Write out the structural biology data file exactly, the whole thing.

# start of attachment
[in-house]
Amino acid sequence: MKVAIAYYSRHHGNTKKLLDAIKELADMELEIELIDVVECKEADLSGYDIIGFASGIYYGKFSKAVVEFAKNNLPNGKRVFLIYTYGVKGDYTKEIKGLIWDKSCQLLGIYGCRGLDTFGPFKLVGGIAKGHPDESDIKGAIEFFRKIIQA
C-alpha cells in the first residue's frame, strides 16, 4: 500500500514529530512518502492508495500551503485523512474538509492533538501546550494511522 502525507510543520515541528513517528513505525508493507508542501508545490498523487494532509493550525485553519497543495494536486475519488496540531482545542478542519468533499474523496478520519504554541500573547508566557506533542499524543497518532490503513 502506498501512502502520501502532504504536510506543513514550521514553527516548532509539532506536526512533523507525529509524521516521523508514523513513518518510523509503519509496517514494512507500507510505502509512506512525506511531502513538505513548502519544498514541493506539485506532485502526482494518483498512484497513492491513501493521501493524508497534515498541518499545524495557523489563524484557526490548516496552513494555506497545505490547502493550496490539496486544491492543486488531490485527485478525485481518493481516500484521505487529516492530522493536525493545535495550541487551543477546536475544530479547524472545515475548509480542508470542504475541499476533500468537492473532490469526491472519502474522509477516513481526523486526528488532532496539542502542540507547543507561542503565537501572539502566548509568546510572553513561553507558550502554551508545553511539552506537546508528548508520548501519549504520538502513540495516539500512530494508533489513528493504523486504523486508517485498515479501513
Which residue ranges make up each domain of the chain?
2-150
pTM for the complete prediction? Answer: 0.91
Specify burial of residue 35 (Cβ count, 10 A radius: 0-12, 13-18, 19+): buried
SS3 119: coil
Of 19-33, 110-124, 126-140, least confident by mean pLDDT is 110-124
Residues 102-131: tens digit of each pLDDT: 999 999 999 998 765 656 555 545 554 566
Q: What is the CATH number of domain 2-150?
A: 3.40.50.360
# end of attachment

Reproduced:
[in-house]
Amino acid sequence: MKVAIAYYSRHHGNTKKLLDAIKELADMELEIELIDVVECKEADLSGYDIIGFASGIYYGKFSKAVVEFAKNNLPNGKRVFLIYTYGVKGDYTKEIKGLIWDKSCQLLGIYGCRGLDTFGPFKLVGGIAKGHPDESDIKGAIEFFRKIIQA
C-alpha cells in the first residue's frame, strides 16, 4: 500500500514529530512518502492508495500551503485523512474538509492533538501546550494511522 502525507510543520515541528513517528513505525508493507508542501508545490498523487494532509493550525485553519497543495494536486475519488496540531482545542478542519468533499474523496478520519504554541500573547508566557506533542499524543497518532490503513 502506498501512502502520501502532504504536510506543513514550521514553527516548532509539532506536526512533523507525529509524521516521523508514523513513518518510523509503519509496517514494512507500507510505502509512506512525506511531502513538505513548502519544498514541493506539485506532485502526482494518483498512484497513492491513501493521501493524508497534515498541518499545524495557523489563524484557526490548516496552513494555506497545505490547502493550496490539496486544491492543486488531490485527485478525485481518493481516500484521505487529516492530522493536525493545535495550541487551543477546536475544530479547524472545515475548509480542508470542504475541499476533500468537492473532490469526491472519502474522509477516513481526523486526528488532532496539542502542540507547543507561542503565537501572539502566548509568546510572553513561553507558550502554551508545553511539552506537546508528548508520548501519549504520538502513540495516539500512530494508533489513528493504523486504523486508517485498515479501513
Which residue ranges make up each domain of the chain?
2-150
pTM for the complete prediction? Answer: 0.91
Specify burial of residue 35 (Cβ count, 10 A radius: 0-12, 13-18, 19+): buried
SS3 119: coil
Of 19-33, 110-124, 126-140, least confident by mean pLDDT is 110-124
Residues 102-131: tens digit of each pLDDT: 999 999 999 998 765 656 555 545 554 566
Q: What is the CATH number of domain 2-150?
A: 3.40.50.360